I have asked several friends, co-workers, and family members to write about what a Catholic education means to them. Previously, Gina Sabo, the Technology Integration Specialist, at St. Joan of Arc School in Aberdeen, wrote about why she chooses to teach in a Catholic school. Today, she reveals 5 reasons why she and her husband, Jon, have decided to send their 7-year-old son, Danny, to St. Joan of Arc. I'm blessed to have the Sabo family in my life at home and at school.
Why do I send my son to a Catholic School? by Gina Sabo
My husband and I have been happily married for almost 10 years. We have a beautiful, rambunctious, 7-year old boy, and two years ago, we had to make an important decision. We had to consider serious, life-altering decisions (I was in the middle of changing jobs) on where we would want our young impressionable child to start his formal education.
Now, my husband and I were both part of the “hybrid” Catholic School and public school upbringing. We had attended both types of environments at some point in our educational career, so we knew what each type of school brought to the table.
The public school our son would be attending had several amazing teachers, great after school opportunities he could participate in, and many of his friends would attend the same school. Their test scores were high, and they had access to the public library programs right next door. The before and after school program would allow for us to not make any major changes to our work schedules, however, it would cost as much for the Catholic School tuition. With that being said, it was a serious contender in our discussions.
The Catholic School we were considering had students who performed well on standardized test scores, and the student-teacher ratio was something public school teachers dream about. It offered Spanish, art, and music much like the public school, and SMART Boards, and iPads in every classroom. But the most important difference we saw in the Catholic School that was lacking in the public school was the spirit you felt walking through the front door.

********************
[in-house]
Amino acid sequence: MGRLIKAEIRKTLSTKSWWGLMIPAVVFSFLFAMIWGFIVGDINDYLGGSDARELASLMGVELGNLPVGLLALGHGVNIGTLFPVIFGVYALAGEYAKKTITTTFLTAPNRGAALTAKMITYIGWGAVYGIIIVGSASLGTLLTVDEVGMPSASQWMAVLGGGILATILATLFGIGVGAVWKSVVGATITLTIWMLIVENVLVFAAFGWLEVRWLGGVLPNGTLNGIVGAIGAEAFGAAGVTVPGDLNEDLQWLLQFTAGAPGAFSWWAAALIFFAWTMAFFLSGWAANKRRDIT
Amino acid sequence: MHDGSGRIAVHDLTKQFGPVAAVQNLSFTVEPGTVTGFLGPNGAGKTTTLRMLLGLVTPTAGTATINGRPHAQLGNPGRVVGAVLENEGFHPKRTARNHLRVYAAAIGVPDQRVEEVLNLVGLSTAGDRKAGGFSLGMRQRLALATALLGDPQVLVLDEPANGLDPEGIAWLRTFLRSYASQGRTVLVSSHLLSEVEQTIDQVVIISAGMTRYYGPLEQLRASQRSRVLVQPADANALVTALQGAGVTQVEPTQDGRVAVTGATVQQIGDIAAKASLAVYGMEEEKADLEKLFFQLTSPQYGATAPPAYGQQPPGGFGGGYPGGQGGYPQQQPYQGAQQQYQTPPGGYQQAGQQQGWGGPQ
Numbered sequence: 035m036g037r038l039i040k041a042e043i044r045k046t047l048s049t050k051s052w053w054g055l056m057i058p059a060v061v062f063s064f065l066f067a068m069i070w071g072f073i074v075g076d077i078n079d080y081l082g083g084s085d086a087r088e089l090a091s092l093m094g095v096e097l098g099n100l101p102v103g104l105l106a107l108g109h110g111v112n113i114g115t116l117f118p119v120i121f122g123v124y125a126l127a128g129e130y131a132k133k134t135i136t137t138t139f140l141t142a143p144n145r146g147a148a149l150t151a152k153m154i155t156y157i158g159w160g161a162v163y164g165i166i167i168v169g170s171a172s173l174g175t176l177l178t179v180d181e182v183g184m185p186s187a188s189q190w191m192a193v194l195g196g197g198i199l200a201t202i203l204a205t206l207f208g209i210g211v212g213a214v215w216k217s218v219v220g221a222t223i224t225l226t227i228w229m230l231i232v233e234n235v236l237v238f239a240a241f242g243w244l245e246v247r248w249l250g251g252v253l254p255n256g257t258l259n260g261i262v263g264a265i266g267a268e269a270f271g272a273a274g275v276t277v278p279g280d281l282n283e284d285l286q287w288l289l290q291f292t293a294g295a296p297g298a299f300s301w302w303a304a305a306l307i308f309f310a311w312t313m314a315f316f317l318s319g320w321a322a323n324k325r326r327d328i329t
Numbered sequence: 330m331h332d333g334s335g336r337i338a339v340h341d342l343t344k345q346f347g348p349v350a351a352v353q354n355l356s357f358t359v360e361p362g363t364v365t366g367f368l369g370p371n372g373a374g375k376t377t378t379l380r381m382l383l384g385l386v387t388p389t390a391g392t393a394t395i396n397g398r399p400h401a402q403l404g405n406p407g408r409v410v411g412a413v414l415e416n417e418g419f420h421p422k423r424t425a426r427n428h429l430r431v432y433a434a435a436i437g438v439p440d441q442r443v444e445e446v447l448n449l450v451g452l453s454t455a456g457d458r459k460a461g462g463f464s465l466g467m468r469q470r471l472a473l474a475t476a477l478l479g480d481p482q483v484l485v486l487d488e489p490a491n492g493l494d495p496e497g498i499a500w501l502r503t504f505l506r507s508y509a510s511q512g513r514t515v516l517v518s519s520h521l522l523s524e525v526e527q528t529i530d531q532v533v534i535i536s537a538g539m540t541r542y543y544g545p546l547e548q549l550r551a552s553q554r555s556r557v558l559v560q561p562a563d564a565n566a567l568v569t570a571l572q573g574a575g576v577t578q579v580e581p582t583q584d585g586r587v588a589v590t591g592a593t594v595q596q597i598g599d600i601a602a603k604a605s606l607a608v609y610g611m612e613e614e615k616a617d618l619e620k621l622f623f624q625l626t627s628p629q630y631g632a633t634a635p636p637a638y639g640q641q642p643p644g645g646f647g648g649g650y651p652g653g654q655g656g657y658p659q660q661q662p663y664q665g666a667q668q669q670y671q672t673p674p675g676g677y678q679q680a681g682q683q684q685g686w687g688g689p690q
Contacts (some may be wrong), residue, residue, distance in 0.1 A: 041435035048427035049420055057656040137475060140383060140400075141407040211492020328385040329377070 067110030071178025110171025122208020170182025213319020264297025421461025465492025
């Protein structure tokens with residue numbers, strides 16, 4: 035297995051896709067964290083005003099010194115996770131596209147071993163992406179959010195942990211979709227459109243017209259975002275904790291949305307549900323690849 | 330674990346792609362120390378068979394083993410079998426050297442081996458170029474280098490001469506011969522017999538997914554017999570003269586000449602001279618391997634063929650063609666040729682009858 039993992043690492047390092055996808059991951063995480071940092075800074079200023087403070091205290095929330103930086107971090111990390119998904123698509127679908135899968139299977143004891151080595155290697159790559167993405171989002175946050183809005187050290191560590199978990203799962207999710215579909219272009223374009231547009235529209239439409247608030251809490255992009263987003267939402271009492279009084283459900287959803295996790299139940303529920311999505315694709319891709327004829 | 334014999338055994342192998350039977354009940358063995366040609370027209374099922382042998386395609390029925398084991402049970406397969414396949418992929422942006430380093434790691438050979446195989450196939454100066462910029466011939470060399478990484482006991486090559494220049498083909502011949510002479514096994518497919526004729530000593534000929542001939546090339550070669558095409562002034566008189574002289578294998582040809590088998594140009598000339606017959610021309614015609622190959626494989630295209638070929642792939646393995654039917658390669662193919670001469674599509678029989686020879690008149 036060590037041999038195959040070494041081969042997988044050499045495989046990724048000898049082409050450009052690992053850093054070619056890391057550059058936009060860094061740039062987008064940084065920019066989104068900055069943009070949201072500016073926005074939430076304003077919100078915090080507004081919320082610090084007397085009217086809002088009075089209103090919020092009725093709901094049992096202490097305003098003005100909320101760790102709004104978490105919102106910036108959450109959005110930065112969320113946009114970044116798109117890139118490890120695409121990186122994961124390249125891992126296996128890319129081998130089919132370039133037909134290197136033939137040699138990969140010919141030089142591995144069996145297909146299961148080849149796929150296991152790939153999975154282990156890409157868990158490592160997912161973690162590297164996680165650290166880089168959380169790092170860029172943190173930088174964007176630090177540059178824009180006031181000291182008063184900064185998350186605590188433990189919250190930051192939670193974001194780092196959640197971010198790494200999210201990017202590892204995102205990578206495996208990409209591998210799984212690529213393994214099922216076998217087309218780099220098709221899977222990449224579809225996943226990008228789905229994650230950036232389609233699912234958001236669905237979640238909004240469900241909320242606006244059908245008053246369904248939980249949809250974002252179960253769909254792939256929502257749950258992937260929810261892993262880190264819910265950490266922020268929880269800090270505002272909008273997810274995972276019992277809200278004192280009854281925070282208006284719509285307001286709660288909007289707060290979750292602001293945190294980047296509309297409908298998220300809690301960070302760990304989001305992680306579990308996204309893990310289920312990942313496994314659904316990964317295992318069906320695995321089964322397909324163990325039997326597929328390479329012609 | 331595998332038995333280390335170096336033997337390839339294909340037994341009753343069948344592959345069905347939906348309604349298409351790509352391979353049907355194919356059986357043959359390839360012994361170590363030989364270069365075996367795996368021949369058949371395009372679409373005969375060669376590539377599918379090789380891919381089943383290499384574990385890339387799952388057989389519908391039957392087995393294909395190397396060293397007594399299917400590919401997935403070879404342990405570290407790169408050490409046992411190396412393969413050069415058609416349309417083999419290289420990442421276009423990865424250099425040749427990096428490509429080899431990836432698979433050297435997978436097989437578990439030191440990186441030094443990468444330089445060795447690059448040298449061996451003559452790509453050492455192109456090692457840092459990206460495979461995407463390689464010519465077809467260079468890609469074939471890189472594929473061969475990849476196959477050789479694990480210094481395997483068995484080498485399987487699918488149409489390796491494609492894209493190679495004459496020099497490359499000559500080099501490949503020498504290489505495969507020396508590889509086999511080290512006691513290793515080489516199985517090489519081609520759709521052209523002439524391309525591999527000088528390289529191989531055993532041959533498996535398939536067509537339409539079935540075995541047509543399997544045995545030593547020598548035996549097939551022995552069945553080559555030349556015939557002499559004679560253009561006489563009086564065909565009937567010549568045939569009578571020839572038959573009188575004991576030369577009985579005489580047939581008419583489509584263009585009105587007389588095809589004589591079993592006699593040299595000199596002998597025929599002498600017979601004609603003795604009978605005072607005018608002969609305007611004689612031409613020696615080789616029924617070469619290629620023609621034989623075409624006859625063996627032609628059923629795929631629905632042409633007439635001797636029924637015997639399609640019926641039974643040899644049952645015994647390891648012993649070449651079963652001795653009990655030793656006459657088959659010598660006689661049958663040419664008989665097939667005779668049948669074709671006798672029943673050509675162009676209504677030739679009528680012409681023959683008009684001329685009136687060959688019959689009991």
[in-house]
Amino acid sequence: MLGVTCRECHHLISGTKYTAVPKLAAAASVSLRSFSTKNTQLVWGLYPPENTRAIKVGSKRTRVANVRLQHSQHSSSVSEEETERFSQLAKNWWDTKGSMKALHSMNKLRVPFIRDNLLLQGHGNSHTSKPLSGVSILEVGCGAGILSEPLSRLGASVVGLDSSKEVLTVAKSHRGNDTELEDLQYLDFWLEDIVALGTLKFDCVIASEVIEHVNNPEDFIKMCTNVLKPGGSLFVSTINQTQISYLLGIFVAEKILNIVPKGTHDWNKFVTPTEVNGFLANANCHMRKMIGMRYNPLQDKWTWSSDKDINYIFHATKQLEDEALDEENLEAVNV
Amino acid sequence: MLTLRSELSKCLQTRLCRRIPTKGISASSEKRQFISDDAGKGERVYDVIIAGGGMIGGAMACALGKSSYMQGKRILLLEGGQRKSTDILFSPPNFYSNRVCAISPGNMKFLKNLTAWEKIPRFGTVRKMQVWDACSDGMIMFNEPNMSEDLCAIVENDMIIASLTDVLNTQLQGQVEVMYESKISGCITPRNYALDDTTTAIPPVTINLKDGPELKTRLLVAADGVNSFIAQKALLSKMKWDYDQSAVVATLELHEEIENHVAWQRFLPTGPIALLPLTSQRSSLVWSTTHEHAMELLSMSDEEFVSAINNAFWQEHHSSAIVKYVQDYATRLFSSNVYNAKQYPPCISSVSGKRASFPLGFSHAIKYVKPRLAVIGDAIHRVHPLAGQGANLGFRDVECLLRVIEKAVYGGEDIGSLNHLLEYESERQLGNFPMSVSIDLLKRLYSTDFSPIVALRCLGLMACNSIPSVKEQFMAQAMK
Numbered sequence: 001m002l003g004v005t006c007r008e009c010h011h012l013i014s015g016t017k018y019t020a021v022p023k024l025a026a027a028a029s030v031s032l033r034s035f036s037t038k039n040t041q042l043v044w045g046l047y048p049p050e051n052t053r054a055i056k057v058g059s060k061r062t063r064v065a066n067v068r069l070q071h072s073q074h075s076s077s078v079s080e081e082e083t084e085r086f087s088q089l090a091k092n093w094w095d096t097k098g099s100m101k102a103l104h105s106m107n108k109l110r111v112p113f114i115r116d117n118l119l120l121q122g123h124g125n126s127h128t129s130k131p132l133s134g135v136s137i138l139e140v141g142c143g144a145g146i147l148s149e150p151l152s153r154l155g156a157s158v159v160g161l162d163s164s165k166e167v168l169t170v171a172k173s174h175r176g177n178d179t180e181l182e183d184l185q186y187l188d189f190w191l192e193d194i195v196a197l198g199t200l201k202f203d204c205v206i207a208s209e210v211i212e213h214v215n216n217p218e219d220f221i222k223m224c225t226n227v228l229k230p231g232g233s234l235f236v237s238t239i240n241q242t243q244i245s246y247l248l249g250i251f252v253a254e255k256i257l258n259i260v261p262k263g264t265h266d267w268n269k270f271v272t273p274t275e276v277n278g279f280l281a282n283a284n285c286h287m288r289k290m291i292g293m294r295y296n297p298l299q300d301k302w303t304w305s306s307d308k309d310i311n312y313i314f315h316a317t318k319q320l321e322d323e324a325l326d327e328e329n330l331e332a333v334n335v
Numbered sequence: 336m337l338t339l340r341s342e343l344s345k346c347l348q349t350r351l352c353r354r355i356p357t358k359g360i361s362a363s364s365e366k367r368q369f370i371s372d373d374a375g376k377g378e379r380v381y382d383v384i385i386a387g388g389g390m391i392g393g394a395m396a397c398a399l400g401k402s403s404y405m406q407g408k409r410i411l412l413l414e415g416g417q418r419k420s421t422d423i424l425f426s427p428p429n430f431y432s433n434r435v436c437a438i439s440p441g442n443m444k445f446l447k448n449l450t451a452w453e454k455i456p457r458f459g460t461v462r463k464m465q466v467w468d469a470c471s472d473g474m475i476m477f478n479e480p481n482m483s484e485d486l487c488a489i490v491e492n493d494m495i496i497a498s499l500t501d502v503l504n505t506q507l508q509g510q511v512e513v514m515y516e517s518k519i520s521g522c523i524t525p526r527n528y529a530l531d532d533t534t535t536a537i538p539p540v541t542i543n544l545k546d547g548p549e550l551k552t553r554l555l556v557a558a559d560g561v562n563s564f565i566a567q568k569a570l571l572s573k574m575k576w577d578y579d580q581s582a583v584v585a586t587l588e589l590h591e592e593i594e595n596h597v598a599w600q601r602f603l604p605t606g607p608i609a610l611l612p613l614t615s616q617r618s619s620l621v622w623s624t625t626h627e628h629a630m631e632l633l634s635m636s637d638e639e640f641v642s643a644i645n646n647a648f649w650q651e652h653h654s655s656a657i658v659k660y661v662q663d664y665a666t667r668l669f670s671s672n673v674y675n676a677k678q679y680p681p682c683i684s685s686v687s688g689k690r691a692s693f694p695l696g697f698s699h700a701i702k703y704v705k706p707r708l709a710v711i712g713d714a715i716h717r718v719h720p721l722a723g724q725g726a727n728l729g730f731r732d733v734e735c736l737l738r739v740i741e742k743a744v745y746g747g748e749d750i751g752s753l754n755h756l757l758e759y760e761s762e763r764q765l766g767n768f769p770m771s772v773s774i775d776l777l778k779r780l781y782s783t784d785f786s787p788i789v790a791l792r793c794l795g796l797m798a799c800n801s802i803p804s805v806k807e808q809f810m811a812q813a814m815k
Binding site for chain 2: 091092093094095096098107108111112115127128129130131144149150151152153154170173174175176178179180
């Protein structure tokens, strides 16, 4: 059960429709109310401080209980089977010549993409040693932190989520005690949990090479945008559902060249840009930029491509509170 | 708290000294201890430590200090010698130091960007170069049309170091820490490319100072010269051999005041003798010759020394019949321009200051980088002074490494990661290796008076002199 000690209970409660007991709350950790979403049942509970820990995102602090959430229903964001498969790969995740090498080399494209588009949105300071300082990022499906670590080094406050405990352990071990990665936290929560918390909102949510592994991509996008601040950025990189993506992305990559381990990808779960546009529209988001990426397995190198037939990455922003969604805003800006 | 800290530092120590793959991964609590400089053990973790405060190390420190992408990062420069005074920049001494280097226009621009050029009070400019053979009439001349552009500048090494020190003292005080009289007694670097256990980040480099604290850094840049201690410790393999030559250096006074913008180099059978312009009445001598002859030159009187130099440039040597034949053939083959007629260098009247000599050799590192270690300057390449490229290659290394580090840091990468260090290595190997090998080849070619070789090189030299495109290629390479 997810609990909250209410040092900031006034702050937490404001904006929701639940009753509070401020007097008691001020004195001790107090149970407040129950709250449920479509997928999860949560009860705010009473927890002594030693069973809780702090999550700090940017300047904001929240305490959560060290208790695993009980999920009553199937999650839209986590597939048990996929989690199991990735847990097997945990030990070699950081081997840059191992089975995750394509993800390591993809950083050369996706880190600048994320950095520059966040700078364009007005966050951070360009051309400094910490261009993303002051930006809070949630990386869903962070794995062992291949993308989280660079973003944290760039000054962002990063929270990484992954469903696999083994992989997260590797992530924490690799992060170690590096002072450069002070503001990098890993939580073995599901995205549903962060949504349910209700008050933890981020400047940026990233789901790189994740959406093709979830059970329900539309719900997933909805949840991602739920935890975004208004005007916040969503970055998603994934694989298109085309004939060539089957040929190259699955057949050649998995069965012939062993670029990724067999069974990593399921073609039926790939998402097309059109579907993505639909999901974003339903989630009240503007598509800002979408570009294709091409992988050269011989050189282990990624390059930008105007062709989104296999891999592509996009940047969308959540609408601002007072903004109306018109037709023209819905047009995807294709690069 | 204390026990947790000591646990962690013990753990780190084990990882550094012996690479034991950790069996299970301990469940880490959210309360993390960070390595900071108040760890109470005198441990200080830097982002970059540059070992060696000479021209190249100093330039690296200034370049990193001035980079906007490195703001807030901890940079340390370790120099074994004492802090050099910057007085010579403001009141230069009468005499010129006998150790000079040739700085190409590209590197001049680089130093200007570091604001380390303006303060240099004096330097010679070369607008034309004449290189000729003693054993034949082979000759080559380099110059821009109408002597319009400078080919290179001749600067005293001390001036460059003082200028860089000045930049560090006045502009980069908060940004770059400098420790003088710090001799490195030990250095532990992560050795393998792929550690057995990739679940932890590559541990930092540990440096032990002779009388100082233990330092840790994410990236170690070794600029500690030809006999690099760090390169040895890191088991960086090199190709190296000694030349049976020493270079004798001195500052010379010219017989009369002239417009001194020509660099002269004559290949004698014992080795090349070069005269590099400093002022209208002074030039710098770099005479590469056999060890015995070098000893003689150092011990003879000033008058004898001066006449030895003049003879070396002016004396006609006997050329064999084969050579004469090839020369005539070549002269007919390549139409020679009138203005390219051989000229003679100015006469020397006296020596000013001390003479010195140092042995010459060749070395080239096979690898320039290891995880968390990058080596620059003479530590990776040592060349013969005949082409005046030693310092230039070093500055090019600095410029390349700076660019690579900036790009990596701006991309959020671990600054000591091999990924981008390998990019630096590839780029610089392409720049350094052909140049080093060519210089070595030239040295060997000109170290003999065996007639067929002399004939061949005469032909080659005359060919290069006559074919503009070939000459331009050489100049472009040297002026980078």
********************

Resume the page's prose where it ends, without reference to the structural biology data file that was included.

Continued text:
So here are just a few reasons why we choose to send our son to Catholic School:
Like many families, we pray together as a family. We say grace at mealtimes and we ask our guardian angels to watch over us when things get tough. But we also try to pray throughout the day. When we encounter an accident while we are traveling anywhere (the store, long trips to see family, etc.) we always say a quick prayer for whoever was involved. We thank God for all the beautiful things we encounter in nature. At our school, we say morning prayers, Grace, a short prayer before classes start. Sometimes we even pray the rosary together as a school. My son is able to freely ask questions about his faith, and discuss how much he enjoys learning about God and praying with his friends. It is my husband’s and my hope that through our guidance and the continued support from the school, that our son turns to God in times of need.
Okay, so this may seem like an odd reason to send my child to Catholic School, but hear me out. Although uniforms can be expensive, most Catholic Schools participate in a uniform exchange program. This helps keeping the cost down for many families. Uniforms are also a timesaver in the morning. Although I have to remember if it is a P.E. day or regular uniform, I don’t have to argue over whether or not a certain shirt is clean. This allows for more family time in the morning before we trek to work and school. While in school, it is clear that it is time to focus on the learning, and not who has the best label or newest shoes. Everyone was created equal in the eyes of God, so why not extend that into the learning environment as well.
Wanting to Serve Others
In school, each grade level participates in outreach and service projects. Students make sandwiches for the hungry, collect money for the poor. This year, they participated in the Water Project to raise awareness and money for those who do not have access to clean water. At Christmas time, the school rallies together and sponsors a family. The students and their families gather gifts for those who are less fortunate. In our own families, we volunteer for Faith Formation Classes, take food to those less fortunate for Thanksgiving, and help out with other church-sponsored activities.
Danny paints a bowl for the Empty Bowls program